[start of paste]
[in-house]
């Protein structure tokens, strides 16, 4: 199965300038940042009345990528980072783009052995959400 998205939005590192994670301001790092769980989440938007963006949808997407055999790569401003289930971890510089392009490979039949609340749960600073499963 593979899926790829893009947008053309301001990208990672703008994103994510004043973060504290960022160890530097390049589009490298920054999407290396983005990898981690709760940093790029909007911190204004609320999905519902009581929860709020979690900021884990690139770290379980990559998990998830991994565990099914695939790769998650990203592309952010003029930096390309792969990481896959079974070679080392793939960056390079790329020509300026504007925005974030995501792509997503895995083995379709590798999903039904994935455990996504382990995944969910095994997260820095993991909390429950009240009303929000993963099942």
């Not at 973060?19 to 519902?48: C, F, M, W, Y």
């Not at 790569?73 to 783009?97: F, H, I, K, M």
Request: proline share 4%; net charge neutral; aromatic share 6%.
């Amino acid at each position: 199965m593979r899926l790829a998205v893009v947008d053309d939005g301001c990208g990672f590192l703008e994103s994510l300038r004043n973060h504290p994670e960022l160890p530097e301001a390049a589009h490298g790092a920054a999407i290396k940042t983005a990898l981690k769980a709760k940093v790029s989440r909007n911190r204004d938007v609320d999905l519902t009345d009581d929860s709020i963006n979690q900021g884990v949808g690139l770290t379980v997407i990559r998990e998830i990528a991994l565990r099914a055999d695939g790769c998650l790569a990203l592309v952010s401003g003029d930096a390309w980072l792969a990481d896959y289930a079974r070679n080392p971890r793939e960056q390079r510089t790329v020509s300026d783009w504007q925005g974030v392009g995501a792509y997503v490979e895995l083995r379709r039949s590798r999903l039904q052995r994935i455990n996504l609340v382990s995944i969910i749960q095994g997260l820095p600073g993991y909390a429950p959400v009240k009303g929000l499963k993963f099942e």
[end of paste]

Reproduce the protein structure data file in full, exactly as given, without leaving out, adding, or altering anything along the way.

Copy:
[in-house]
């Protein structure tokens, strides 16, 4: 199965300038940042009345990528980072783009052995959400 998205939005590192994670301001790092769980989440938007963006949808997407055999790569401003289930971890510089392009490979039949609340749960600073499963 593979899926790829893009947008053309301001990208990672703008994103994510004043973060504290960022160890530097390049589009490298920054999407290396983005990898981690709760940093790029909007911190204004609320999905519902009581929860709020979690900021884990690139770290379980990559998990998830991994565990099914695939790769998650990203592309952010003029930096390309792969990481896959079974070679080392793939960056390079790329020509300026504007925005974030995501792509997503895995083995379709590798999903039904994935455990996504382990995944969910095994997260820095993991909390429950009240009303929000993963099942």
């Not at 973060?19 to 519902?48: C, F, M, W, Y």
């Not at 790569?73 to 783009?97: F, H, I, K, M």
Request: proline share 4%; net charge neutral; aromatic share 6%.
């Amino acid at each position: 199965m593979r899926l790829a998205v893009v947008d053309d939005g301001c990208g990672f590192l703008e994103s994510l300038r004043n973060h504290p994670e960022l160890p530097e301001a390049a589009h490298g790092a920054a999407i290396k940042t983005a990898l981690k769980a709760k940093v790029s989440r909007n911190r204004d938007v609320d999905l519902t009345d009581d929860s709020i963006n979690q900021g884990v949808g690139l770290t379980v997407i990559r998990e998830i990528a991994l565990r099914a055999d695939g790769c998650l790569a990203l592309v952010s401003g003029d930096a390309w980072l792969a990481d896959y289930a079974r070679n080392p971890r793939e960056q390079r510089t790329v020509s300026d783009w504007q925005g974030v392009g995501a792509y997503v490979e895995l083995r379709r039949s590798r999903l039904q052995r994935i455990n996504l609340v382990s995944i969910i749960q095994g997260l820095p600073g993991y909390a429950p959400v009240k009303g929000l499963k993963f099942e």